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  1. #1
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    How are they doing this?

    Hi guys,

    I recently came across this site:

    http://www.mightymatcha.com/

    and thought it was pretty nice. I'm interested in how I can integrate similar animation on my own sites. I like the way that certain things move when I scroll to them. For example, when the homepage loads the green bowl moves in from the left and the tins on the right move up.

    What is it that the developer has used to do this?

    Many thanks for any suggestions!

    Happy New Year!

  2. #2
    It's all Geek to me silver trophybronze trophy
    ralph.m's Avatar
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    Quote Originally Posted by mike52321 View Post
    What is it that the developer has used to do this?
    Mostly JS, but also some CSS3 animation.

    An easy way to test this is to turn off JS. Most of the functionality disappears, but you'll still see some jar lid animation without JS.

  3. #3
    SitePoint Enthusiast JM Rosón Bravo's Avatar
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    The animation itself can be implemented using CSS3 keyframe-based syntax – @keyframes rule to be more specific – to add the initial and final styles and a series of properties to set the start, direction or directions and duration of the animation.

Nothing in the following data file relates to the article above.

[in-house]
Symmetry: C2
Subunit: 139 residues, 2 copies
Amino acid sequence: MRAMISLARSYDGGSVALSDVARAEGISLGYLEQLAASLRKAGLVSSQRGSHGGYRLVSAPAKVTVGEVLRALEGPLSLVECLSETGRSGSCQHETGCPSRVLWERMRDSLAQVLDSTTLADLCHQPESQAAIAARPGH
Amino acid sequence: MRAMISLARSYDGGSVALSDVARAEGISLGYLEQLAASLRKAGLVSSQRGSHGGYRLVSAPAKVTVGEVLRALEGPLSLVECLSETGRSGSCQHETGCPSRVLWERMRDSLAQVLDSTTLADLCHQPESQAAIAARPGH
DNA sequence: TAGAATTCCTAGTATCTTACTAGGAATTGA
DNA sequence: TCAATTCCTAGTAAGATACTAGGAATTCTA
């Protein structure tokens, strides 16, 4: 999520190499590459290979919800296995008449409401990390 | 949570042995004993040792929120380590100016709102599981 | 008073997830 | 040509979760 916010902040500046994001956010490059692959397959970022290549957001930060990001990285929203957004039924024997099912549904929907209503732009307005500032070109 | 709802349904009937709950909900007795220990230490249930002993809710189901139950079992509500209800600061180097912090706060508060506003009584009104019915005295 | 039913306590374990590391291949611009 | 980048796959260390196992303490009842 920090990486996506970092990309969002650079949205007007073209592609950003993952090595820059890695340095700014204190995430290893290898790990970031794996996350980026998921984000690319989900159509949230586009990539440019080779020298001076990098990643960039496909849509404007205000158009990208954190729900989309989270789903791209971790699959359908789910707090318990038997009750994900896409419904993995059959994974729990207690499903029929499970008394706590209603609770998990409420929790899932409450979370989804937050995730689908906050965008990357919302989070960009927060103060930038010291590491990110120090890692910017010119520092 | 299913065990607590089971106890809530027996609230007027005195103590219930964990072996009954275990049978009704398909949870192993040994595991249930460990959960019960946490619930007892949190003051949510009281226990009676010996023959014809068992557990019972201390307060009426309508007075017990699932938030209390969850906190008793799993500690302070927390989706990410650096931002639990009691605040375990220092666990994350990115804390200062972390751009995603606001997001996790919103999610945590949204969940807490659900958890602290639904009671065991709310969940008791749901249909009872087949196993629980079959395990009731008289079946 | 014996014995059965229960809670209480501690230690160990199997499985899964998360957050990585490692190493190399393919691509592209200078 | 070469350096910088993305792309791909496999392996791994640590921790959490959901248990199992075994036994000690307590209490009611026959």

Here you have some examples of the rule, which you can even download, in the following page:

    http://tutorialzine.com/2013/10/12-a...n-finally-use/

    As you see, you can develop well performed, smooth animations without scripting at all.

    There are many other examples and tutorials out there.

    The problem is that @keyframes rule is only supported by modern browsers:

    - Chrome 2+,
    - Safari 4+,
    - Firefox 5+,
    - IE10 PP3,
    - iOS Safari 3.2+,
    - Android 2.1+.
    - Opera 12+


    For a more detailed approach to the subject, there are a series of compatibility tables like:

    http://caniuse.com/#feat=css-animation
    http://www.quirksmode.org/css/contents.html
    http://www.webbrowsercompatibility.c.../tablet-phone/
    http://www.normansblog.de/demos/brow...hecklist-css3/

    And others.

    Although modern browsers render this and other rules properly, not every user updates their software regularly. Even in the case of automatic update features that ensure a timely installation of recent releases, a percentage of users turn off automatic updating and are still using out-of-date versions.

    Internet Explorer only renders this rule from the 10 version, which requires Windows 7+ to be installed.

    A good approach to ensure multibrowser efficiency would be using @keyframes rule in combination with some user agent version detection technique to load the appropriate script or library to create the same animation effect.
    José Manuel Rosón Bravo


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